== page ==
This New York City artist is painting portraits of 200 South Brooklyn residents for free
All photos courtesy of The Free Portrait Project
A new artist residency will tell the story of South Brooklyn through paintings of its residents. The Free Portrait Project is inviting 200 Brooklynites to be the subject of oil portraits and share their oral histories with the project’s founder, artist Rusty Zimmerman. The project, part of a yearlong residency at Sunset Park’s Industry City, aims to “promote unity across boundaries” within the community.
In 2015, Zimmerman painted 200 free oil-painted portraits of Crown Heights residents, creating a physical record of the community in an increasingly digital age.
The project goes against the traditional norms of portrait painting, granting subjects from all walks of life and economic backgrounds a free painting in a type of art style historically reserved for wealthy individuals.
Over the course of 2023, Zimmerman will paint 200 oil portraits and collect oral histories from the Brooklynites portrayed. According to the project website, those who live within the boundaries of “Green-Wood Cemetery to the North, Coney Island to the South, Ocean Parkway to the East, and the water to the West” can apply to be painted.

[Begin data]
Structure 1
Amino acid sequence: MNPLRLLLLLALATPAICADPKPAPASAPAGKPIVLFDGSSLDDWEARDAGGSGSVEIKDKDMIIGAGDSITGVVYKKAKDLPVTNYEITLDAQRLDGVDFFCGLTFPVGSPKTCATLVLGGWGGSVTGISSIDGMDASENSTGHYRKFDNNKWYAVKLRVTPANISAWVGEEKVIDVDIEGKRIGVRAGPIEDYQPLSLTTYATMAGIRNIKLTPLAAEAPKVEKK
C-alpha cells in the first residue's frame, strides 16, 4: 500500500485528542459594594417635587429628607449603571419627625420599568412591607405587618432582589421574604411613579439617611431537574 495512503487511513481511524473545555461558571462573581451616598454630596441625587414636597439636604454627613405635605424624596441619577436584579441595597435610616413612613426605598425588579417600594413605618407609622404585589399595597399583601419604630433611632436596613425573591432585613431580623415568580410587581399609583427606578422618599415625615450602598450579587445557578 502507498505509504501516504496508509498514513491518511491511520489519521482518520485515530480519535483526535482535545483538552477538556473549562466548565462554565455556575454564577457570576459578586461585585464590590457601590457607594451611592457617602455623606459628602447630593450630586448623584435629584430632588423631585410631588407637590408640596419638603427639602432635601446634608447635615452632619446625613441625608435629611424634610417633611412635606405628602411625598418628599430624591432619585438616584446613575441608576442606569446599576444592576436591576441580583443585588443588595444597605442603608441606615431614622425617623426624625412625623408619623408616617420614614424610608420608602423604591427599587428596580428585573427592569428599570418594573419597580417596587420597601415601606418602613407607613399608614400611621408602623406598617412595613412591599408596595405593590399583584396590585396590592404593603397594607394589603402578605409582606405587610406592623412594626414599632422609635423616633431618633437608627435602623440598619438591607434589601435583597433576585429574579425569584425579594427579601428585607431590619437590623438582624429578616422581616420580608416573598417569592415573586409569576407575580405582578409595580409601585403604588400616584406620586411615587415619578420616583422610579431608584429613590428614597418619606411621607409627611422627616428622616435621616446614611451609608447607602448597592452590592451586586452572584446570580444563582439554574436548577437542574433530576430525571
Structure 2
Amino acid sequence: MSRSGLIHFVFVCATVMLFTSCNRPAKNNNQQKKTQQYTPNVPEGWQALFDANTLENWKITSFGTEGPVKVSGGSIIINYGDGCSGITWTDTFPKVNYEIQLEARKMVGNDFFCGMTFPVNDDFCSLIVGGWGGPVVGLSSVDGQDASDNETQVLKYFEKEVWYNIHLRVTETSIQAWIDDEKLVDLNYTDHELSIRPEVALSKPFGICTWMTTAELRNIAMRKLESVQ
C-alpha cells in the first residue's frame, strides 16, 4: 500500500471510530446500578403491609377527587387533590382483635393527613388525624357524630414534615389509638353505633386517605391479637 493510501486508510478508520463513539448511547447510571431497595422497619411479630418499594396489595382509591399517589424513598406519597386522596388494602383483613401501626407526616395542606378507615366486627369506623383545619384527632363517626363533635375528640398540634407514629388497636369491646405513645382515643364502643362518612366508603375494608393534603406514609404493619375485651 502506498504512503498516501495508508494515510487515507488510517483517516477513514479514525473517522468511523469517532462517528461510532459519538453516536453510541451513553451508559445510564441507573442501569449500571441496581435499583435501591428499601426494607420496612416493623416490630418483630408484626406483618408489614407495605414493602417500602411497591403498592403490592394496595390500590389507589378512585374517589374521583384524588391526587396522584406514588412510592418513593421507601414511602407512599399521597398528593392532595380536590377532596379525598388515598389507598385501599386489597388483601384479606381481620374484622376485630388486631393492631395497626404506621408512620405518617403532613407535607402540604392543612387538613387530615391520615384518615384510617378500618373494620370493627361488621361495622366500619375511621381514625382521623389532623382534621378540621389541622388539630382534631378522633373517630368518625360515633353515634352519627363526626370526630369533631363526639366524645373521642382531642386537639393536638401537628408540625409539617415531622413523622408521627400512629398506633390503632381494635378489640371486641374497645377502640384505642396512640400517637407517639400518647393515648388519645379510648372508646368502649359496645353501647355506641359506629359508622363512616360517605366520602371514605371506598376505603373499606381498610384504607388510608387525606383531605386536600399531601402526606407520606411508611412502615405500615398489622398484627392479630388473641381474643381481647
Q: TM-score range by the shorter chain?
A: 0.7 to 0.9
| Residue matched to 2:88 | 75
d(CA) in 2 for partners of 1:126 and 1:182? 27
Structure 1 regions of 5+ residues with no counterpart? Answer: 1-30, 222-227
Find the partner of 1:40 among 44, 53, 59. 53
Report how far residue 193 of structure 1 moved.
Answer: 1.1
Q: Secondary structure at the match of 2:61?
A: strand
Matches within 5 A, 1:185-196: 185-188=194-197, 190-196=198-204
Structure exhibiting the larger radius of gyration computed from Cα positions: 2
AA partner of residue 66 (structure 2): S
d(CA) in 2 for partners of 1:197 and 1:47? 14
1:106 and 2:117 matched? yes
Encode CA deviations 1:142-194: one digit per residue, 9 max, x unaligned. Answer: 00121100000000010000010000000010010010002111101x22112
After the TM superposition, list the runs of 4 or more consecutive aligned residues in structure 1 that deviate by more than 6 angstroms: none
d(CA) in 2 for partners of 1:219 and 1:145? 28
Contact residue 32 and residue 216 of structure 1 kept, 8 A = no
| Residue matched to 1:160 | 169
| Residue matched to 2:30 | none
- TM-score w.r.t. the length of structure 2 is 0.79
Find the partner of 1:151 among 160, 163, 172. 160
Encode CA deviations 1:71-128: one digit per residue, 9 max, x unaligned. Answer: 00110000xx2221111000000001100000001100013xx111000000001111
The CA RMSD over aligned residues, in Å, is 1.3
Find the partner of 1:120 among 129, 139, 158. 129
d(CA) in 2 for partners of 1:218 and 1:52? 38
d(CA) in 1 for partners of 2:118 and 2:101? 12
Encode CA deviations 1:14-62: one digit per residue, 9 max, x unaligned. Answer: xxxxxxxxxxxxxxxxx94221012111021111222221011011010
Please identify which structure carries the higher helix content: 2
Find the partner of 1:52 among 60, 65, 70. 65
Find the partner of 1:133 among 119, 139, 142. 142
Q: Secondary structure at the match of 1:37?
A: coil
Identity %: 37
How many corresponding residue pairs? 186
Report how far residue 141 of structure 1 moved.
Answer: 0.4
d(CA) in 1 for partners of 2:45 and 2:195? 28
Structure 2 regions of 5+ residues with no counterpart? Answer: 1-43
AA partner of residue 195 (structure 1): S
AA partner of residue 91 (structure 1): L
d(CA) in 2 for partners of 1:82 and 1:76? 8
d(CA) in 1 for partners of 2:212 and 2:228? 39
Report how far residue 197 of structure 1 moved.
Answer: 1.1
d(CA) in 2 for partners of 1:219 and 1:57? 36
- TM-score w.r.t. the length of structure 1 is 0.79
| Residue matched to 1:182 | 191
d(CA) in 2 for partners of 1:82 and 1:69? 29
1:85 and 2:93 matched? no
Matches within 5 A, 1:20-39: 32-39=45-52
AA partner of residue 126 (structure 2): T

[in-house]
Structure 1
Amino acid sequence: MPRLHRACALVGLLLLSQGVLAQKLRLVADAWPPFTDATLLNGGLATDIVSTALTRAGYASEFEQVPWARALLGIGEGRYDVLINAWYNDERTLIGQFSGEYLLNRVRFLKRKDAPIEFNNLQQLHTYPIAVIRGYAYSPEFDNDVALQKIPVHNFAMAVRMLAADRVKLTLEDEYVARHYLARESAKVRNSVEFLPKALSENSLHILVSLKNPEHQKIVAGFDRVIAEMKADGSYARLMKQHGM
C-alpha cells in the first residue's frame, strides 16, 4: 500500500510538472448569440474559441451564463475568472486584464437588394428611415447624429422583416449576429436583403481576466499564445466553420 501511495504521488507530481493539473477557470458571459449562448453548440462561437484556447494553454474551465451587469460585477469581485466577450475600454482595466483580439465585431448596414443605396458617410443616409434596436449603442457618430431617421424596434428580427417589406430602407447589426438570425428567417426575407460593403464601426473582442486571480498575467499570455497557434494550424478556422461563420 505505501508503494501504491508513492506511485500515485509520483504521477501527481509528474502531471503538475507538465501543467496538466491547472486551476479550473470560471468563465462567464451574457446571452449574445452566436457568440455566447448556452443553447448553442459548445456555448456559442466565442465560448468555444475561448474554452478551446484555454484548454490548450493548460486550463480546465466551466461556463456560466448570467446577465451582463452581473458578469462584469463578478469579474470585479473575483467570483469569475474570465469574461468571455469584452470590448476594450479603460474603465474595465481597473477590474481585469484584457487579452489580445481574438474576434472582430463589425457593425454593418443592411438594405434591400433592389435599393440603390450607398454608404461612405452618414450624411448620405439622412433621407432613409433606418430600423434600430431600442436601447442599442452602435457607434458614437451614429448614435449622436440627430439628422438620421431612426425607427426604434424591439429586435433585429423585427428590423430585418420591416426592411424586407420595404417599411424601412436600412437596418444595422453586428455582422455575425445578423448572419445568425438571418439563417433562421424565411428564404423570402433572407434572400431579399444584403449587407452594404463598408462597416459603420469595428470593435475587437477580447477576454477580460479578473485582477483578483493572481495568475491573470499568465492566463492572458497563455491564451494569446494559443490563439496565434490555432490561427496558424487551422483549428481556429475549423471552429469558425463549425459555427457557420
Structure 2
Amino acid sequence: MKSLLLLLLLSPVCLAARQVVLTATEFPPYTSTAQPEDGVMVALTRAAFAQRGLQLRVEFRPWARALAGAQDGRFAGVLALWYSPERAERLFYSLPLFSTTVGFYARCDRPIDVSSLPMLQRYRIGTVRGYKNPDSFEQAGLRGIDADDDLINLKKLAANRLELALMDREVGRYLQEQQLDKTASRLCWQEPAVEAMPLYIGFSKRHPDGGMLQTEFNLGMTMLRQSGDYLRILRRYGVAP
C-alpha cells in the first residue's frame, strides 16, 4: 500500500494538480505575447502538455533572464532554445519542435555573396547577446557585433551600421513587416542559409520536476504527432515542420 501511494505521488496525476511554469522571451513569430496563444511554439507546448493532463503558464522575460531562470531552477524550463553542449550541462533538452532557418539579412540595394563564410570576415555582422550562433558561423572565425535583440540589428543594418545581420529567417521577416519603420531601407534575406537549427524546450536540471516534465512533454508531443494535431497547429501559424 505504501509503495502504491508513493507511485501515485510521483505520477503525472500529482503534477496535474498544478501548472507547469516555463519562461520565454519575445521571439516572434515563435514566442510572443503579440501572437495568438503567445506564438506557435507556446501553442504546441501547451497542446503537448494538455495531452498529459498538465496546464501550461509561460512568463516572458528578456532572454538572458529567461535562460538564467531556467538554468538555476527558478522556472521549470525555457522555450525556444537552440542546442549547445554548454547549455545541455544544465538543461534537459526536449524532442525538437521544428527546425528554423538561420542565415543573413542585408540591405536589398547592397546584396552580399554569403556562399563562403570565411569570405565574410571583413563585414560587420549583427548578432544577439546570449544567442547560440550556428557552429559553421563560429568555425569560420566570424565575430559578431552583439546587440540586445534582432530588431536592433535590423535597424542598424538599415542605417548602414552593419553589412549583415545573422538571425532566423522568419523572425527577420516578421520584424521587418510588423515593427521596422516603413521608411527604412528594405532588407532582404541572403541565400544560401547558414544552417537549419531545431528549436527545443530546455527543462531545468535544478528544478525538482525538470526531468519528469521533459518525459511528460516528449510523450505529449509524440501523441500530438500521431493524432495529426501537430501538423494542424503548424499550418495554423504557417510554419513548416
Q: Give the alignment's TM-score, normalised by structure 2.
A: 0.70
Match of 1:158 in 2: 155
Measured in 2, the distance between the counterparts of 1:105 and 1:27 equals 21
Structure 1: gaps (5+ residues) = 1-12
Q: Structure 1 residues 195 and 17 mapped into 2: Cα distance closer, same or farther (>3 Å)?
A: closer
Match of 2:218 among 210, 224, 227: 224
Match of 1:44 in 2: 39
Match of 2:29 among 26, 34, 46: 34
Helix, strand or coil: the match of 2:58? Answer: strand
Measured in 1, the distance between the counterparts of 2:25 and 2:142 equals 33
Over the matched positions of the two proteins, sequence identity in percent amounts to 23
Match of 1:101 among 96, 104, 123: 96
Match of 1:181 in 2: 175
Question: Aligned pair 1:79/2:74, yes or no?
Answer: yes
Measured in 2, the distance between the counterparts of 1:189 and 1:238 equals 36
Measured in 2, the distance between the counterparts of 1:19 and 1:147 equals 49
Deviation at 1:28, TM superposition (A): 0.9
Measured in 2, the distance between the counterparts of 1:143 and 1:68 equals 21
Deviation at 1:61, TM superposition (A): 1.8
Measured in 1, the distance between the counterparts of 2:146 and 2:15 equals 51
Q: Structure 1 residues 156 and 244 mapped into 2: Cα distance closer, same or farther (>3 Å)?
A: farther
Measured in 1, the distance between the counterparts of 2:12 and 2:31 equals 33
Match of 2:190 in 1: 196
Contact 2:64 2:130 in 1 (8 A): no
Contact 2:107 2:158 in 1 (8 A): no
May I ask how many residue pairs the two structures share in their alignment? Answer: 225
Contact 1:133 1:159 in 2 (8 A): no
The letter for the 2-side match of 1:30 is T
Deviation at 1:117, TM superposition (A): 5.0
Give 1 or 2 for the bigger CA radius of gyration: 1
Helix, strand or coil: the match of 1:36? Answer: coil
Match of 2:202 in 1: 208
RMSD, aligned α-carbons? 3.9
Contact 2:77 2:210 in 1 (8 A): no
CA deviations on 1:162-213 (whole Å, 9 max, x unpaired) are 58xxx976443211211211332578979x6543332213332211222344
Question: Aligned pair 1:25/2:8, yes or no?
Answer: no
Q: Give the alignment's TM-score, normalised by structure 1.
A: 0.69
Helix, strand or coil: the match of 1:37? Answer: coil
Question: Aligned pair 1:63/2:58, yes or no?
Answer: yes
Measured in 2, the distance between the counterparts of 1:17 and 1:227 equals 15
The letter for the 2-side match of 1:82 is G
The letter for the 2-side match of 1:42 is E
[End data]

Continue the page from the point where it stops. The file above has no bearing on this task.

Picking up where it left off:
There will be free, public receptions of the portraits and the stories of their subjects at 10 venues across this part of the borough. The receptions will be hosted after the completion of the 50th, 100th, and 150th portraits.
After the final exhibition that presents all 200 portraits within one room, the project participants will receive their free, 18 x 24″ oil painting of themselves.
The Free Portrait Project studio is located in Building 2, Second floor, Suite C249 in Industry City. Visitors are welcome, and the studio has an open-door policy four days a week.
“We can’t wait to join the Industry City community and to meet our neighbors in South Brooklyn,” Zimmerman, who now lives in Kensington, said.
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Images courtesy of The Free Portrait Project